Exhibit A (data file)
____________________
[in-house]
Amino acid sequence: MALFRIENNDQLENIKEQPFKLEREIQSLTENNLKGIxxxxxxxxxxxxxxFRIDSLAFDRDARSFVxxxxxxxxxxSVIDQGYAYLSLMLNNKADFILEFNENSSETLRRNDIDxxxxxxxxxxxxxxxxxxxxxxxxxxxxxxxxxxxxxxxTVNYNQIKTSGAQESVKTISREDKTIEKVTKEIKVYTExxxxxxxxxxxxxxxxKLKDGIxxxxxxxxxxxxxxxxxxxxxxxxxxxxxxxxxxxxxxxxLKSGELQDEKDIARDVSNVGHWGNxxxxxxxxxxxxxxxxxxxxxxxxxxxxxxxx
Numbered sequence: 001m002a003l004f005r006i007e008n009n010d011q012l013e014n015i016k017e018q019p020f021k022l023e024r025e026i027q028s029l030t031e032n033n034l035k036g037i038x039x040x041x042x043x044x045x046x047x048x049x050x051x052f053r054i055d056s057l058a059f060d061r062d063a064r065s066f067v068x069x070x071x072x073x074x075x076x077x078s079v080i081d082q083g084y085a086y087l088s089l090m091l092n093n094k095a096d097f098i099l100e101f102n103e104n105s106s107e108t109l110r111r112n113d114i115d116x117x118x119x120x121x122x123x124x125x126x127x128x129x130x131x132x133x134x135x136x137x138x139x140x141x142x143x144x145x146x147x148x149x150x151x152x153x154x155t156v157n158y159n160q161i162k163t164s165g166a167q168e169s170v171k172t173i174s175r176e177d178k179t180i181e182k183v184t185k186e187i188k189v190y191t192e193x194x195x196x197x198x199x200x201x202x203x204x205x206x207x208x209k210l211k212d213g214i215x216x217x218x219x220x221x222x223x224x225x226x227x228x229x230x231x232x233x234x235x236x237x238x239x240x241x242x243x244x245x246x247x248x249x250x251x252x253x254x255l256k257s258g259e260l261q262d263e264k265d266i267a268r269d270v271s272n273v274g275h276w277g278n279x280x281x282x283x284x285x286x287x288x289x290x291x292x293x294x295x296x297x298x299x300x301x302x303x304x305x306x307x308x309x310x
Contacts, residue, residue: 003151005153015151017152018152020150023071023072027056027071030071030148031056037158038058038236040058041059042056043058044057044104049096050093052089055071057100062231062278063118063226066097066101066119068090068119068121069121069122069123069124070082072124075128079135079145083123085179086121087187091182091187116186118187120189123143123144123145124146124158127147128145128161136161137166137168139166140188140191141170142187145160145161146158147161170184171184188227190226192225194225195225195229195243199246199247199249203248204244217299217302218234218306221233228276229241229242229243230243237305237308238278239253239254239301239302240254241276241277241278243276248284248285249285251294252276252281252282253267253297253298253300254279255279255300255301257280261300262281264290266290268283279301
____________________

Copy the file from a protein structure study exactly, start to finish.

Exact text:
[in-house]
Amino acid sequence: MALFRIENNDQLENIKEQPFKLEREIQSLTENNLKGIxxxxxxxxxxxxxxFRIDSLAFDRDARSFVxxxxxxxxxxSVIDQGYAYLSLMLNNKADFILEFNENSSETLRRNDIDxxxxxxxxxxxxxxxxxxxxxxxxxxxxxxxxxxxxxxxTVNYNQIKTSGAQESVKTISREDKTIEKVTKEIKVYTExxxxxxxxxxxxxxxxKLKDGIxxxxxxxxxxxxxxxxxxxxxxxxxxxxxxxxxxxxxxxxLKSGELQDEKDIARDVSNVGHWGNxxxxxxxxxxxxxxxxxxxxxxxxxxxxxxxx
Numbered sequence: 001m002a003l004f005r006i007e008n009n010d011q012l013e014n015i016k017e018q019p020f021k022l023e024r025e026i027q028s029l030t031e032n033n034l035k036g037i038x039x040x041x042x043x044x045x046x047x048x049x050x051x052f053r054i055d056s057l058a059f060d061r062d063a064r065s066f067v068x069x070x071x072x073x074x075x076x077x078s079v080i081d082q083g084y085a086y087l088s089l090m091l092n093n094k095a096d097f098i099l100e101f102n103e104n105s106s107e108t109l110r111r112n113d114i115d116x117x118x119x120x121x122x123x124x125x126x127x128x129x130x131x132x133x134x135x136x137x138x139x140x141x142x143x144x145x146x147x148x149x150x151x152x153x154x155t156v157n158y159n160q161i162k163t164s165g166a167q168e169s170v171k172t173i174s175r176e177d178k179t180i181e182k183v184t185k186e187i188k189v190y191t192e193x194x195x196x197x198x199x200x201x202x203x204x205x206x207x208x209k210l211k212d213g214i215x216x217x218x219x220x221x222x223x224x225x226x227x228x229x230x231x232x233x234x235x236x237x238x239x240x241x242x243x244x245x246x247x248x249x250x251x252x253x254x255l256k257s258g259e260l261q262d263e264k265d266i267a268r269d270v271s272n273v274g275h276w277g278n279x280x281x282x283x284x285x286x287x288x289x290x291x292x293x294x295x296x297x298x299x300x301x302x303x304x305x306x307x308x309x310x
Contacts, residue, residue: 003151005153015151017152018152020150023071023072027056027071030071030148031056037158038058038236040058041059042056043058044057044104049096050093052089055071057100062231062278063118063226066097066101066119068090068119068121069121069122069123069124070082072124075128079135079145083123085179086121087187091182091187116186118187120189123143123144123145124146124158127147128145128161136161137166137168139166140188140191141170142187145160145161146158147161170184171184188227190226192225194225195225195229195243199246199247199249203248204244217299217302218234218306221233228276229241229242229243230243237305237308238278239253239254239301239302240254241276241277241278243276248284248285249285251294252276252281252282253267253297253298253300254279255279255300255301257280261300262281264290266290268283279301